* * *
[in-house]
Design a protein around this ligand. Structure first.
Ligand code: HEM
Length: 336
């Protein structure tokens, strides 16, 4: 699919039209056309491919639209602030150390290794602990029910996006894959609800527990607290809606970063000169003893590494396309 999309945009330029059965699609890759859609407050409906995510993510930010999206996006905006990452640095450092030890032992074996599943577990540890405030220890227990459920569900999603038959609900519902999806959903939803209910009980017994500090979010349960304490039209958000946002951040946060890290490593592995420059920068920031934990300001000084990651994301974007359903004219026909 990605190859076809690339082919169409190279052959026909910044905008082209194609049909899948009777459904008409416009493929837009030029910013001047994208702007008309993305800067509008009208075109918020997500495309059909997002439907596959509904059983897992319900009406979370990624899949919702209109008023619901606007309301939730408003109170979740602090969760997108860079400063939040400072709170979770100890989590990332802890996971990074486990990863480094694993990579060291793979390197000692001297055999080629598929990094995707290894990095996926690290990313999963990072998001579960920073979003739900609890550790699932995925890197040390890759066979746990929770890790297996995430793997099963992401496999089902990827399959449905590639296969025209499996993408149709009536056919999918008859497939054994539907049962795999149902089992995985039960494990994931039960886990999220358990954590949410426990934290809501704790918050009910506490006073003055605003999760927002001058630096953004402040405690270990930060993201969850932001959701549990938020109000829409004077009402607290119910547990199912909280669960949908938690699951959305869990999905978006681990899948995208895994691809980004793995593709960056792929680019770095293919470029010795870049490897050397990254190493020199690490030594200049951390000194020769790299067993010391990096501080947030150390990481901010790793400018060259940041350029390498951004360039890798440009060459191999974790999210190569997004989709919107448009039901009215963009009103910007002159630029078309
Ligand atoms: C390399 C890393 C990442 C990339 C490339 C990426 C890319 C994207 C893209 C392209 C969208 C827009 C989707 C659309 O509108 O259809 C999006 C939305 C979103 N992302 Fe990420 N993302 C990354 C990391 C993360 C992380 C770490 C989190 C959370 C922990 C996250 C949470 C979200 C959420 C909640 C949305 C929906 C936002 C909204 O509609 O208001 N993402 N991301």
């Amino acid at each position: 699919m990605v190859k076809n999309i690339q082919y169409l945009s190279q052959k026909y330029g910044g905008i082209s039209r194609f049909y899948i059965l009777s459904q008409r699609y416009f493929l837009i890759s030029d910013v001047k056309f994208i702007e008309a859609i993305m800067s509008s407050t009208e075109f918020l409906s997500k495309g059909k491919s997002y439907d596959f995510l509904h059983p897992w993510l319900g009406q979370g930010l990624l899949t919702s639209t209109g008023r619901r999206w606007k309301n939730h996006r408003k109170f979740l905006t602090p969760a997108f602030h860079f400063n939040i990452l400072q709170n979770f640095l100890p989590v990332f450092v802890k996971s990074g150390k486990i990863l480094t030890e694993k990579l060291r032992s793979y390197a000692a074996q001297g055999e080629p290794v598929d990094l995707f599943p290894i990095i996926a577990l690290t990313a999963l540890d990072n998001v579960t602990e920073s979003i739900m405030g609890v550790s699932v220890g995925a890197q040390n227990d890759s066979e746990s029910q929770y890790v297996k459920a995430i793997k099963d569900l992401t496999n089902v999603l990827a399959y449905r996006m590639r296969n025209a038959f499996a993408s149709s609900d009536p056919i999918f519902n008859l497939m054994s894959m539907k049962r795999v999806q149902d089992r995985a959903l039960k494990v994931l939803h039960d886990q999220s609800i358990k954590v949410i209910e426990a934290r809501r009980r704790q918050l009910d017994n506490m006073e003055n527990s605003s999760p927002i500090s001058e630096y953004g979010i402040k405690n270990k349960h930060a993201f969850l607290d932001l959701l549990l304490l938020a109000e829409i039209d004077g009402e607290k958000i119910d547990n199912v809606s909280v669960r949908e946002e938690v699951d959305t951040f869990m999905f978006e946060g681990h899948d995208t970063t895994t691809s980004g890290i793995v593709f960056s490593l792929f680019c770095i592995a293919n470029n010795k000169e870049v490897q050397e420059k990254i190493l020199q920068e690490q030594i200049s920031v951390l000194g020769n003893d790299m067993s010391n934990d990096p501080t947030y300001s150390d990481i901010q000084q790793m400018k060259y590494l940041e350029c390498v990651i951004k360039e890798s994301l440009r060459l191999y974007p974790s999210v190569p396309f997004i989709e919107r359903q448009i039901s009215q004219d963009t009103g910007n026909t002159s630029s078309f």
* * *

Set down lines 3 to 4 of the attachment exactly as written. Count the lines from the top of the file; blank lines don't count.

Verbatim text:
Ligand code: HEM
Length: 336